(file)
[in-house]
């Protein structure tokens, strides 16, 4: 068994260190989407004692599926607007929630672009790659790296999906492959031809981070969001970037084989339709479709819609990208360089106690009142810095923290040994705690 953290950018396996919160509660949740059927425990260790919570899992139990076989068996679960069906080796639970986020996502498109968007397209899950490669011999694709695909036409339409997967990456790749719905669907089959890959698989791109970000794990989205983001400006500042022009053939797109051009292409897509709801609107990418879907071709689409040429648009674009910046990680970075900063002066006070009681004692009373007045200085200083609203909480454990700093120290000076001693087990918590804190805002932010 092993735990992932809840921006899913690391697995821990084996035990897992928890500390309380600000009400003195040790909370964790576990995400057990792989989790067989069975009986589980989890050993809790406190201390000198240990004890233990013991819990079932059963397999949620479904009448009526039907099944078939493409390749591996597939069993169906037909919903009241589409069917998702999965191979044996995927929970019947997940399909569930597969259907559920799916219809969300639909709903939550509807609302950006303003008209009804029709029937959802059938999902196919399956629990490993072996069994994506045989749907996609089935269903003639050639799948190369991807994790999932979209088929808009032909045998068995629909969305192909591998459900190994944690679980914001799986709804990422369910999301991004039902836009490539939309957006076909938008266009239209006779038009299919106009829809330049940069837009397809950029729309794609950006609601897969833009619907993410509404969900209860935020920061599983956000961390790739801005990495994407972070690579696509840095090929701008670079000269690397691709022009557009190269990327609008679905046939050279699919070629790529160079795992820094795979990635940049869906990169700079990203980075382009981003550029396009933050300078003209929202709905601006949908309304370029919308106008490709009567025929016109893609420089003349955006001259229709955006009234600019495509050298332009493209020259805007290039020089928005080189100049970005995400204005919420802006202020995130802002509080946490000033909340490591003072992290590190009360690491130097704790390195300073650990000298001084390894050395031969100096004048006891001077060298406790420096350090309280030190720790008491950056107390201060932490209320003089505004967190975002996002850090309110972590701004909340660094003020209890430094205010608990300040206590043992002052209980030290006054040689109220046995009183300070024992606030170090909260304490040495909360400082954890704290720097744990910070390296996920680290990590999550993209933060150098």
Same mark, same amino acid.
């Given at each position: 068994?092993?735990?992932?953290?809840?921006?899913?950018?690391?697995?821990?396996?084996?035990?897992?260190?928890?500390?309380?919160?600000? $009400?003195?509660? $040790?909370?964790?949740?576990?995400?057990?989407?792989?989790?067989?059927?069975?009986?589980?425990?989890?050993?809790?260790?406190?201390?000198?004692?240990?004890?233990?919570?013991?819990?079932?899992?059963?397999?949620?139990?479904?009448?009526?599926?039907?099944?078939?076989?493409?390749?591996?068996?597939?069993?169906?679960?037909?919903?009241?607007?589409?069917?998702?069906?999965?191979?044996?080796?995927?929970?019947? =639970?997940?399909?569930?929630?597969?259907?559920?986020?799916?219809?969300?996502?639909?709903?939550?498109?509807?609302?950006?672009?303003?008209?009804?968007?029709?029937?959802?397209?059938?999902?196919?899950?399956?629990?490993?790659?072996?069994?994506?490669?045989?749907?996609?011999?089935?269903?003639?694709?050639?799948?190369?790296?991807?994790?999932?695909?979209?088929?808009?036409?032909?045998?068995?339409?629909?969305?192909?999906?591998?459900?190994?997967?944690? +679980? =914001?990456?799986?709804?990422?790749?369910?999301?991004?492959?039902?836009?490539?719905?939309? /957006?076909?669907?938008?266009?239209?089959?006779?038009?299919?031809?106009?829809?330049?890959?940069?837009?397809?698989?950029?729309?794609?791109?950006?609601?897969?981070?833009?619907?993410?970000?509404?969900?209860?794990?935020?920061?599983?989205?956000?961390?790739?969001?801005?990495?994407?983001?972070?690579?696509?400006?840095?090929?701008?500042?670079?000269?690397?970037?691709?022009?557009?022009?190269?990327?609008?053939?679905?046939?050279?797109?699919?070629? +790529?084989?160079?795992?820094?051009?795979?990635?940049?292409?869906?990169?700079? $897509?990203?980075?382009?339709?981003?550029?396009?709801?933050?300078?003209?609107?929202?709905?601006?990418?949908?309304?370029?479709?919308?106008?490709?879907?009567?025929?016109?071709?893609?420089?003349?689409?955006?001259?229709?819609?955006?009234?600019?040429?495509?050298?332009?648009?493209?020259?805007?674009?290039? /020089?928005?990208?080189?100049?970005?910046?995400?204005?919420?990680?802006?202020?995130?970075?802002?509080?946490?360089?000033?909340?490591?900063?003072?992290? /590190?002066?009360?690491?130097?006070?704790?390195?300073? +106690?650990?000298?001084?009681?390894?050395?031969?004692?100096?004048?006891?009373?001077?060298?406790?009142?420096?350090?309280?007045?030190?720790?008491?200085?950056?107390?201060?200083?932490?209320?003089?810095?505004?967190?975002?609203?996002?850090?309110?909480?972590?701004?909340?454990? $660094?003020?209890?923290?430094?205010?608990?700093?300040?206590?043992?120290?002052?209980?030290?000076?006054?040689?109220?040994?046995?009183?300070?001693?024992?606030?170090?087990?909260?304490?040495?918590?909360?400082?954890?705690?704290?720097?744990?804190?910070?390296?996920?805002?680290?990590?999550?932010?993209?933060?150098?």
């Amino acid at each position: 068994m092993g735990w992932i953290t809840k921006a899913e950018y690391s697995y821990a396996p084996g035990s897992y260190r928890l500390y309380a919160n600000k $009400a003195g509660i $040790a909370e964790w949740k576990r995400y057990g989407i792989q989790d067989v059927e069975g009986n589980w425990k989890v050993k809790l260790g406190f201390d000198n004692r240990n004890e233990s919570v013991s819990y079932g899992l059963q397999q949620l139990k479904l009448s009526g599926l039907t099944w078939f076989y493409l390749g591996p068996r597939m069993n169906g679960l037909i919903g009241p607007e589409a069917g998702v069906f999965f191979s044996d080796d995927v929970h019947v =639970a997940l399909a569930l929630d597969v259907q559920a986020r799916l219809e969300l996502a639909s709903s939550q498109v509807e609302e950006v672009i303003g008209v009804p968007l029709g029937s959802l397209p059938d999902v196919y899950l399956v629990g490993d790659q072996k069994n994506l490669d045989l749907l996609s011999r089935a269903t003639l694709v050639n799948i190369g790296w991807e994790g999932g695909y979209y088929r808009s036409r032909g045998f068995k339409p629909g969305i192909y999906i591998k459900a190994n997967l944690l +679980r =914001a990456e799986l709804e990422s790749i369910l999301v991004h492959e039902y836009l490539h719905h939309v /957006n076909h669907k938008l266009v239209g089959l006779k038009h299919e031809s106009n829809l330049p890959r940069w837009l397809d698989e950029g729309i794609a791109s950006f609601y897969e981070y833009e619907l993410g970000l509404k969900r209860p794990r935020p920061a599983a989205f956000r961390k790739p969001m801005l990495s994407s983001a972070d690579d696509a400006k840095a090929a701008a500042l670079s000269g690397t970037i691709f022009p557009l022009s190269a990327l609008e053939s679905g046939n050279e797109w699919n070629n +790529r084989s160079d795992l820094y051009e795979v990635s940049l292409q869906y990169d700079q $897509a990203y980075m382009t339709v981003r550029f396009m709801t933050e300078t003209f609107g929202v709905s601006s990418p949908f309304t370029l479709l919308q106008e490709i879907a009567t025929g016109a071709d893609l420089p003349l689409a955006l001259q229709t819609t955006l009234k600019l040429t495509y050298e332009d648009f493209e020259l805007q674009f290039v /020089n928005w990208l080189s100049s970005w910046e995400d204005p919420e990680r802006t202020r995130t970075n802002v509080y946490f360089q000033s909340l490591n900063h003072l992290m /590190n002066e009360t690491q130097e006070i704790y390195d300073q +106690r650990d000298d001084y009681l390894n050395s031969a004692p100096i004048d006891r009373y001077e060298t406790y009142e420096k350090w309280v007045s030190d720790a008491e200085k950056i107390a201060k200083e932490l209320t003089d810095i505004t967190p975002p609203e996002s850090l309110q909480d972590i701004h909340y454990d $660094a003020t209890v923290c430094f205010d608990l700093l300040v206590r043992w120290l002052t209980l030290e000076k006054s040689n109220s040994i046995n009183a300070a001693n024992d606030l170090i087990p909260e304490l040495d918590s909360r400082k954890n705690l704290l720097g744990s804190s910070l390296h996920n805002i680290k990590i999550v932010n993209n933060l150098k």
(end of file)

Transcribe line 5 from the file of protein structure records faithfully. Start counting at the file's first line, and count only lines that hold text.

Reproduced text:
């Amino acid at each position: 068994m092993g735990w992932i953290t809840k921006a899913e950018y690391s697995y821990a396996p084996g035990s897992y260190r928890l500390y309380a919160n600000k $009400a003195g509660i $040790a909370e964790w949740k576990r995400y057990g989407i792989q989790d067989v059927e069975g009986n589980w425990k989890v050993k809790l260790g406190f201390d000198n004692r240990n004890e233990s919570v013991s819990y079932g899992l059963q397999q949620l139990k479904l009448s009526g599926l039907t099944w078939f076989y493409l390749g591996p068996r597939m069993n169906g679960l037909i919903g009241p607007e589409a069917g998702v069906f999965f191979s044996d080796d995927v929970h019947v =639970a997940l399909a569930l929630d597969v259907q559920a986020r799916l219809e969300l996502a639909s709903s939550q498109v509807e609302e950006v672009i303003g008209v009804p968007l029709g029937s959802l397209p059938d999902v196919y899950l399956v629990g490993d790659q072996k069994n994506l490669d045989l749907l996609s011999r089935a269903t003639l694709v050639n799948i190369g790296w991807e994790g999932g695909y979209y088929r808009s036409r032909g045998f068995k339409p629909g969305i192909y999906i591998k459900a190994n997967l944690l +679980r =914001a990456e799986l709804e990422s790749i369910l999301v991004h492959e039902y836009l490539h719905h939309v /957006n076909h669907k938008l266009v239209g089959l006779k038009h299919e031809s106009n829809l330049p890959r940069w837009l397809d698989e950029g729309i794609a791109s950006f609601y897969e981070y833009e619907l993410g970000l509404k969900r209860p794990r935020p920061a599983a989205f956000r961390k790739p969001m801005l990495s994407s983001a972070d690579d696509a400006k840095a090929a701008a500042l670079s000269g690397t970037i691709f022009p557009l022009s190269a990327l609008e053939s679905g046939n050279e797109w699919n070629n +790529r084989s160079d795992l820094y051009e795979v990635s940049l292409q869906y990169d700079q $897509a990203y980075m382009t339709v981003r550029f396009m709801t933050e300078t003209f609107g929202v709905s601006s990418p949908f309304t370029l479709l919308q106008e490709i879907a009567t025929g016109a071709d893609l420089p003349l689409a955006l001259q229709t819609t955006l009234k600019l040429t495509y050298e332009d648009f493209e020259l805007q674009f290039v /020089n928005w990208l080189s100049s970005w910046e995400d204005p919420e990680r802006t202020r995130t970075n802002v509080y946490f360089q000033s909340l490591n900063h003072l992290m /590190n002066e009360t690491q130097e006070i704790y390195d300073q +106690r650990d000298d001084y009681l390894n050395s031969a004692p100096i004048d006891r009373y001077e060298t406790y009142e420096k350090w309280v007045s030190d720790a008491e200085k950056i107390a201060k200083e932490l209320t003089d810095i505004t967190p975002p609203e996002s850090l309110q909480d972590i701004h909340y454990d $660094a003020t209890v923290c430094f205010d608990l700093l300040v206590r043992w120290l002052t209980l030290e000076k006054s040689n109220s040994i046995n009183a300070a001693n024992d606030l170090i087990p909260e304490l040495d918590s909360r400082k954890n705690l704290l720097g744990s804190s910070l390296h996920n805002i680290k990590i999550v932010n993209n933060l150098k």